Figure 7. α-Tubulin peptide increases grA lifetime: (A) Current traces of grA channels in DOPE membrane before (Control) and after the addition of 10 and 20 μM of α-tubulin peptide to both sides of the DOPE membrane. Current records were filtered with a digital 8-pole Bessel filter at 1 kHz. Dashed lines indicate zero current level. The membrane bathing solution contained 1 M KCl buffered with 5 mM HEPES at pH 7.4. The applied voltage was 100 mV. α-tubulin peptide was dissolved in DMSO. (B) α-tubulin peptide increases grA lifetime in a dose-dependent manner. Bars and error bars are the mean and standard deviation from the mean; the symbols represent data points of 4 independent experiments. Control measurements with the addition of DMSO aliquots corresponding to 20 μM of α-tubulin peptide addition do not show the effect on grA lifetime.
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Figure 8. Binding curves for α-tubulin peptide interaction with DOPE and DOPC membranes, as measured by BOA. The transmembrane potential ΔΨ changes due to α-tubulin peptide binding to the DOPE/DOPC (4:1) (reddish symbols) membranes and does not change for DOPC (bluish symbols) membranes. Membranes were formed in 150 mM KCl buffered with 5 mM HEPES at pH 7.4. α-Tubulin peptide dissolved in DMSO was added to the cis side of the membrane. Aliquots of DMSO were correspondingly added to the trans side. Large red and blue circles and error bars are the mean and standard deviation from the mean for DOPE/DOPC and DOPC membranes, respectively; they represent data points of 7 individual experiments for DOPE/DOPC membranes and 6 experiments for DOPC membranes. The solid line is a fit to the binding equation with Kd = 156 μM.
Figure 8. Binding curves for α-tubulin peptide interaction with DOPE and DOPC membranes, as measured by BOA. The transmembrane potential ΔΨ changes due to α-tubulin peptide binding to the DOPE/DOPC (4:1) (reddish symbols) membranes and does not change for DOPC (bluish symbols) membranes. Membranes were formed in 150 mM KCl buffered with 5 mM HEPES at pH 7.4. α-Tubulin peptide dissolved in DMSO was added to the cis side of the membrane. Aliquots of DMSO were correspondingly added to the trans side. Large red and blue circles and error bars are the mean and standard deviation from the mean for DOPE/DOPC and DOPC membranes, respectively; they represent data points of 7 individual experiments for DOPE/DOPC membranes and 6 experiments for DOPC membranes. The solid line is a fit to the binding equation with Kd = 156 μM.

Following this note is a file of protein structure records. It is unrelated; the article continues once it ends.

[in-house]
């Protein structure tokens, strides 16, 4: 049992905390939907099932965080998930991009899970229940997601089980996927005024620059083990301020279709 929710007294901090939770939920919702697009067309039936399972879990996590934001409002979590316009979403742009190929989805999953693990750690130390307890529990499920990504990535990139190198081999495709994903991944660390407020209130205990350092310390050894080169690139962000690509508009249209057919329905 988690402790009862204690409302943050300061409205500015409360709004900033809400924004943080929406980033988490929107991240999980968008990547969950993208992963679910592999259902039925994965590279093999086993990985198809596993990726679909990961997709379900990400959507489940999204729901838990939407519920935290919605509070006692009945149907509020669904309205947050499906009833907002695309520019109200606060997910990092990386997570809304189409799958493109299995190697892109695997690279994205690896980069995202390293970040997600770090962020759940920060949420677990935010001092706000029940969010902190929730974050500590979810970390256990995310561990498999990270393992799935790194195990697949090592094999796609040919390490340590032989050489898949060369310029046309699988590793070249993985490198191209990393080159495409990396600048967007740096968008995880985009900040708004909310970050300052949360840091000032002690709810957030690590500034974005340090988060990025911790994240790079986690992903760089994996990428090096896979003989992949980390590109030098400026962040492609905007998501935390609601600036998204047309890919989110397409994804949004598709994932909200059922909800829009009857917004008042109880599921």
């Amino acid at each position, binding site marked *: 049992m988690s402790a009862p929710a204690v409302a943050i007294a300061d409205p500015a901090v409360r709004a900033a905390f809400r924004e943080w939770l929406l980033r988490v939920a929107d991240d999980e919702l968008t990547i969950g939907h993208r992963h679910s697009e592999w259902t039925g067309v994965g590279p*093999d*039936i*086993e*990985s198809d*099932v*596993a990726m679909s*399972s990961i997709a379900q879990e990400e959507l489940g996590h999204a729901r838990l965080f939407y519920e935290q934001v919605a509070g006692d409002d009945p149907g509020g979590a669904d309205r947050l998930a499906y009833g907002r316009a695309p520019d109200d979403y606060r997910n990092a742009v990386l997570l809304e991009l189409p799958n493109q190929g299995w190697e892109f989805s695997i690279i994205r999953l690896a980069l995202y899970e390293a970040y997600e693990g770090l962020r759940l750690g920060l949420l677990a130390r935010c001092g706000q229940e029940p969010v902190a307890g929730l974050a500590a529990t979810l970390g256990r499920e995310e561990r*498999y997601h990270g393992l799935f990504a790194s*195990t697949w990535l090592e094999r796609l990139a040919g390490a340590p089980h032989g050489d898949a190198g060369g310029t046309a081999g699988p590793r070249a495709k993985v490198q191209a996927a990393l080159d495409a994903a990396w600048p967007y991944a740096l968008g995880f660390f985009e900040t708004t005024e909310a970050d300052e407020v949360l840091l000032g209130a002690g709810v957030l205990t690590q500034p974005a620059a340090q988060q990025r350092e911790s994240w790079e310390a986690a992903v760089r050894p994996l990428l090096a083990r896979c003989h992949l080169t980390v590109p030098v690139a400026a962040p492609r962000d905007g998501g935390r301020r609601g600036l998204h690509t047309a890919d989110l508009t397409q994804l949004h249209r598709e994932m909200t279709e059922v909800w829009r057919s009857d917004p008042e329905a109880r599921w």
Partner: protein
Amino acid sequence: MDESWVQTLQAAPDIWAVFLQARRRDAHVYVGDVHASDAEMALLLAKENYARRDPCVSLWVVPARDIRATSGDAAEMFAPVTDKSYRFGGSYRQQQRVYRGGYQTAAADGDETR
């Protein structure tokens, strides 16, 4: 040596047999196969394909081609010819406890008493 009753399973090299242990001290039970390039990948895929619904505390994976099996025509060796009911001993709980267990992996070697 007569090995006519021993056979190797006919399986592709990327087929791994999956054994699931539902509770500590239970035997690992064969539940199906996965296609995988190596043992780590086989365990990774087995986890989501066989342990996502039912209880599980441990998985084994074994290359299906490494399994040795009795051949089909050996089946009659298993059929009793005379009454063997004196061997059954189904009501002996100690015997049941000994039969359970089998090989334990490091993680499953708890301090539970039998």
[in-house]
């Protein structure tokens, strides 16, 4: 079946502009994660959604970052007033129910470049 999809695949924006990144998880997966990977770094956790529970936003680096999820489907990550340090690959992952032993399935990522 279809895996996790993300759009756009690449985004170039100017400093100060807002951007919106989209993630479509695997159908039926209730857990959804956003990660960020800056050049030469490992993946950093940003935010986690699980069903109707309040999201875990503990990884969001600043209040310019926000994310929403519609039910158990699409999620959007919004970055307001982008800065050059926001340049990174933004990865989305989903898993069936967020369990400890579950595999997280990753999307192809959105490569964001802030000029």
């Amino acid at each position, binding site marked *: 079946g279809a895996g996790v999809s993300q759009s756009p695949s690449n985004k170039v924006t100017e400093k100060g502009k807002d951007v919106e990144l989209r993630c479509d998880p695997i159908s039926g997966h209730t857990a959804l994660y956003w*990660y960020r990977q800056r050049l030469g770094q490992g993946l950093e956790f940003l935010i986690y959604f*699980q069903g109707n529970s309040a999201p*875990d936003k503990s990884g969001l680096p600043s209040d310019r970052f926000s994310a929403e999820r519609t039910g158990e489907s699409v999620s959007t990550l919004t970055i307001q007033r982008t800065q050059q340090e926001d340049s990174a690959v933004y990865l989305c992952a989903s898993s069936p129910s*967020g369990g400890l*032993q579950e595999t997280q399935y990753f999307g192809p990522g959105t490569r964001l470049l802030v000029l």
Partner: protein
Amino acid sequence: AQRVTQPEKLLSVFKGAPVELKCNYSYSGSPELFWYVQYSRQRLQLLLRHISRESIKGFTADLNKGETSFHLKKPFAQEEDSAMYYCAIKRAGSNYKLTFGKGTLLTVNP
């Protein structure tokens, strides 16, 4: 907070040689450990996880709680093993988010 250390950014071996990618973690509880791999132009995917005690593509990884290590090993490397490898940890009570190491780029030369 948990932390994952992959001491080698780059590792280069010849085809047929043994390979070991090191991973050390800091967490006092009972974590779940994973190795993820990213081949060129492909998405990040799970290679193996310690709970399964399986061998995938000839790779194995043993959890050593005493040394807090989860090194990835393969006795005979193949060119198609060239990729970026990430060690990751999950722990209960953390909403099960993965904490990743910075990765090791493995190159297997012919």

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Figure 9. Schematics of the effect of tubulin dimer on grA lifetime and conductance: (A) Binding of α-β-tubulin heterodimers to the DOPE membrane reduces packing stress of the lipid tails, which is observed as the increase of grA channel (shown in red) lifetime. (B) In the case of diC(22:1)PC membranes, binding of the tubulin dimers is limited to the regions of membranes where headgroup packing is distorted by grA channel presence in the region of the lipid funnel forming the entrance to the channel. This limitation leads to the unchanged integral properties of the membrane and unchanged grA lifetime (Table 1); however, the localized binding is clearly manifested via transient channel blockages (Figure 5) from the bulky body of the tubulin dimer. Created with Biorender.com.
Figure 9. Schematics of the effect of tubulin dimer on grA lifetime and conductance: (A) Binding of α-β-tubulin heterodimers to the DOPE membrane reduces packing stress of the lipid tails, which is observed as the increase of grA channel (shown in red) lifetime. (B) In the case of diC(22:1)PC membranes, binding of the tubulin dimers is limited to the regions of membranes where headgroup packing is distorted by grA channel presence in the region of the lipid funnel forming the entrance to the channel. This limitation leads to the unchanged integral properties of the membrane and unchanged grA lifetime (Table 1); however, the localized binding is clearly manifested via transient channel blockages (Figure 5) from the bulky body of the tubulin dimer. Created with Biorender.com.
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Rostovtseva, T.K.; Weinrich, M.; Jacobs, D.; Rosencrans, W.M.; Bezrukov, S.M. Dimeric Tubulin Modifies Mechanical Properties of Lipid Bilayer, as Probed Using Gramicidin A Channel. Int. J. Mol. Sci. 2024, 25, 2204. https://doi.org/10.3390/ijms25042204

AMA Style

Rostovtseva TK, Weinrich M, Jacobs D, Rosencrans WM, Bezrukov SM. Dimeric Tubulin Modifies Mechanical Properties of Lipid Bilayer, as Probed Using Gramicidin A Channel. International Journal of Molecular Sciences. 2024; 25(4):2204. https://doi.org/10.3390/ijms25042204

Chicago/Turabian Style

Rostovtseva, Tatiana K., Michael Weinrich, Daniel Jacobs, William M. Rosencrans, and Sergey M. Bezrukov. 2024. "Dimeric Tubulin Modifies Mechanical Properties of Lipid Bilayer, as Probed Using Gramicidin A Channel" International Journal of Molecular Sciences 25, no. 4: 2204. https://doi.org/10.3390/ijms25042204